John F. Kerry charged Monday that President Bush has "turned his back on science" in limiting embryonic stem cell research financed by the federal government.
The Kerry campaign rolled out a television ad on the subject, saying that "millions of lives" are at stake, as the Democratic presidential nominee was joined by actor and activist Michael J. Fox at a town-hall-style meeting here.
"It's time to lift the political barriers blocking the stem cell research that could treat or cure diseases like Parkinson's," the ad says. "I believe that science can bring hope to our families."
Joined by Fox, who has Parkinson's disease, the senator from Massachusetts listened as people expressed their hopes that stem cell research could lead to cures for their afflictions. "We stand at the next frontier, but instead of leading the way, we're stuck on the sidelines," Kerry said. The president, he said, is "unwilling to change course."
The stem cell dispute follows Bush's 2001 decision to limit federal funding for such research to the "lines" of cells already in existence, citing moral concerns about the destruction of new embryos. Federal health officials say that just 19 stem cell lines, about one-quarter of what was originally estimated by the White House, have been available for research.
Bush campaign officials accused Kerry -- and many media outlets -- of inaccurately describing the president's decision as a ban on such research, although the ad does not use that word. They note that Bush is the first president to provide funding for the research, which became medically feasible only in recent years. "John Kerry's attacks on stem cell research are trying to mislead the American people by implying a ban that doesn't exist," spokesman Steve Schmidt said.
The invited New Hampshire crowd became emotional when a father, on stage with his diabetic son, held a large package of needles to show how many insulin injections the boy must have in a month.
"The majority of the American people support stem cell research, and it's high time we had a president of the United States who does, too," Kerry said. "We can't afford any more stubborn refusal to face the facts." Fox said of Bush's restrictions: "It was kind of like he gave us a car and no gas."
Kerry's pollster, Mark Mellman, found in a July survey that 69 percent of those questioned favored stem cell research. The support cut across party lines, with 77 percent of Democrats, 67 percent of independents and 60 percent of Republicans in favor of using discarded embryos for the research. Other polls have produced similar findings.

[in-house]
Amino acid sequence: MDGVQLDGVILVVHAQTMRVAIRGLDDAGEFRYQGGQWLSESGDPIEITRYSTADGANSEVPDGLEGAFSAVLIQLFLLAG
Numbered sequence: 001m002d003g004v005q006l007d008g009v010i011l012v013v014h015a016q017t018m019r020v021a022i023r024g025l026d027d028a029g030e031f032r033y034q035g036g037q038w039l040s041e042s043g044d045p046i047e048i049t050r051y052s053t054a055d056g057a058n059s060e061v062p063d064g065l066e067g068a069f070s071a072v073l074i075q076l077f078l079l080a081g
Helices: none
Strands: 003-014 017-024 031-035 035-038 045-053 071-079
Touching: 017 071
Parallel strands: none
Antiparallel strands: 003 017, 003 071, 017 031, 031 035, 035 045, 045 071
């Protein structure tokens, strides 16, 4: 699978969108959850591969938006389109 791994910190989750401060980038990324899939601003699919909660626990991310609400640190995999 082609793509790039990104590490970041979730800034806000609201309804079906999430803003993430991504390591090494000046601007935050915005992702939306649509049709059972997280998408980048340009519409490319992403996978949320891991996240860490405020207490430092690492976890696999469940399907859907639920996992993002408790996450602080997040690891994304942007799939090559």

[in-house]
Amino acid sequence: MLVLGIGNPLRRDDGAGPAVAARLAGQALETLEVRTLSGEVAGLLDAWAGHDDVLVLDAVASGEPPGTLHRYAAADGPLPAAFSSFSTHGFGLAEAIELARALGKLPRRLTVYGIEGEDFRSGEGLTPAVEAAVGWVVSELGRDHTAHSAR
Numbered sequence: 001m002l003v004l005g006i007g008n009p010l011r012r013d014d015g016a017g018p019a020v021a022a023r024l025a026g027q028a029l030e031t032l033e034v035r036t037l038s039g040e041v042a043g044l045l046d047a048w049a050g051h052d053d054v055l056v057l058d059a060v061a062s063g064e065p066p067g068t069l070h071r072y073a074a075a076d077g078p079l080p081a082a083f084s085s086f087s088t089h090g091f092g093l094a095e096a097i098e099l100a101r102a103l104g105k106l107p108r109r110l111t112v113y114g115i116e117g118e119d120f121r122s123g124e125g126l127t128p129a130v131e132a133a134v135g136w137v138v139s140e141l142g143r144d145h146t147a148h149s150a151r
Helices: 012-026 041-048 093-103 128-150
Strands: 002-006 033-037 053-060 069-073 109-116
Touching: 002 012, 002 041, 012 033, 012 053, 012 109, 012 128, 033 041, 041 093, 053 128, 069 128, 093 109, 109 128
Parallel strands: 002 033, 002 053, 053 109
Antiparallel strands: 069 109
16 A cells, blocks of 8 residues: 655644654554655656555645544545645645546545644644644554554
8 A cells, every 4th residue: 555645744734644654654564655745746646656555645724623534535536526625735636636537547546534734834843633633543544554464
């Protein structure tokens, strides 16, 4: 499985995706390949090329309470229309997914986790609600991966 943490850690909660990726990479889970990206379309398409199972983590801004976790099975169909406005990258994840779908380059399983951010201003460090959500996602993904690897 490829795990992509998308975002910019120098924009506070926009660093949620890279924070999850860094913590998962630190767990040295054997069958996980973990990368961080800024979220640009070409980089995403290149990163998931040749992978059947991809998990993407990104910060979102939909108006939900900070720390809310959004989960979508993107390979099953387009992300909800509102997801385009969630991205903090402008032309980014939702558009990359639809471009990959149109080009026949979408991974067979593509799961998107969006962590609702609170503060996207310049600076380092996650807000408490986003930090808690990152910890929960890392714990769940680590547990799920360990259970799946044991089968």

"It's an issue where it's very clear that George Bush is on the wrong side as far as a majority of the American people is concerned," Mellman said. He said that "ideological blinders are preventing Bush from attempting research into treatments for deadly and debilitating diseases." Scientists caution that years of research could be required to make progress against such diseases as Alzheimer's and Parkinson's.
The National Right to Life Committee called the ad "misleading," noting that 53 percent of those questioned in a poll for the organization opposed stem cell research "that requires the killing of human embryos." Advocates say researchers would use embryos that are going to be discarded anyway.
In recent months, 206 House members, 58 senators and former first lady Nancy Reagan, whose husband, Ronald Reagan, died this year of Alzheimer's, have called for an expansion of federally subsidized stem cell research.
The Democratic National Committee also focused on health concerns in an ad released Monday, charging that Bush "stood with the big drug companies -- signing their Medicare law." The ad continues: "Blocking low-cost drugs from Canada. And under George Bush, prescription costs are up 22 percent. He's sided with the insurance industry as health premiums soared 57 percent."
Kurtz reported from Washington.